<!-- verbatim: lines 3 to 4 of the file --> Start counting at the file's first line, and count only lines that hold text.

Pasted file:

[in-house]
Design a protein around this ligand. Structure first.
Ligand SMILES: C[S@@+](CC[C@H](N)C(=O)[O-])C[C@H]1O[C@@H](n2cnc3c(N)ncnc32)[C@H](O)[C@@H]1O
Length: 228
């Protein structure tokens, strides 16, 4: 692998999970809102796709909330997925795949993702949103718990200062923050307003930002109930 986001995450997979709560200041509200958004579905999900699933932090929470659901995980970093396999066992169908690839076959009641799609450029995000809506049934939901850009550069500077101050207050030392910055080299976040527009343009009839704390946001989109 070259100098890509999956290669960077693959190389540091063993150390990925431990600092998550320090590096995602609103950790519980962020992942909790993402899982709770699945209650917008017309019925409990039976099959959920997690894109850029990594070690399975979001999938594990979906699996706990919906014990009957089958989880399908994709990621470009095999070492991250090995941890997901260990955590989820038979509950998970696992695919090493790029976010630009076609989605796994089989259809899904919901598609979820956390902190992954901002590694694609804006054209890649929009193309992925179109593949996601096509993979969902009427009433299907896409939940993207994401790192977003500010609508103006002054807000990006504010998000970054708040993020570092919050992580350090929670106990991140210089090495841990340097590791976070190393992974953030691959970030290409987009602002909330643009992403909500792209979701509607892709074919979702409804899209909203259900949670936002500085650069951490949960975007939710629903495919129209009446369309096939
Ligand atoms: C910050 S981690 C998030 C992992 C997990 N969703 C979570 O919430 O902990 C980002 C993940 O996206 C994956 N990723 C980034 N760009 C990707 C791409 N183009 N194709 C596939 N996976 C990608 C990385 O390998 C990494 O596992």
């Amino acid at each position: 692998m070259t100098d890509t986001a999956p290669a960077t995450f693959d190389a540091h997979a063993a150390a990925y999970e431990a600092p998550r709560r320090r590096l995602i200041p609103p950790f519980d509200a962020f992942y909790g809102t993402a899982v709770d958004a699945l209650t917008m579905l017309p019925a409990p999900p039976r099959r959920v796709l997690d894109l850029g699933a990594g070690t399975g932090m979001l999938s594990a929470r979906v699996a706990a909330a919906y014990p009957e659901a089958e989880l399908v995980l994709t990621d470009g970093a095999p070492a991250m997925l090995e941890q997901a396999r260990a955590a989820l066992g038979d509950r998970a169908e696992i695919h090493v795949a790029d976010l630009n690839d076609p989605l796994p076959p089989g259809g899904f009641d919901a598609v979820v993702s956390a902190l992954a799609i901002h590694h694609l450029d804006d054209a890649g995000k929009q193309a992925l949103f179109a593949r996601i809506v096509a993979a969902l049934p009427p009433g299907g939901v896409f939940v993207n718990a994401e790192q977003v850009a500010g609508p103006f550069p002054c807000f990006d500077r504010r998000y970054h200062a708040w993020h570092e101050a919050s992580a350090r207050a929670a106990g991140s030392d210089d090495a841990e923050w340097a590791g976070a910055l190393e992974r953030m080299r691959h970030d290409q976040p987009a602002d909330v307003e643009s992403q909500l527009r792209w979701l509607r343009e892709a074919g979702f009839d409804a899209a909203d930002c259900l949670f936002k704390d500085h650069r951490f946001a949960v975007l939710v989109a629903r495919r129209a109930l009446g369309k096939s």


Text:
Ligand SMILES: C[S@@+](CC[C@H](N)C(=O)[O-])C[C@H]1O[C@@H](n2cnc3c(N)ncnc32)[C@H](O)[C@@H]1O
Length: 228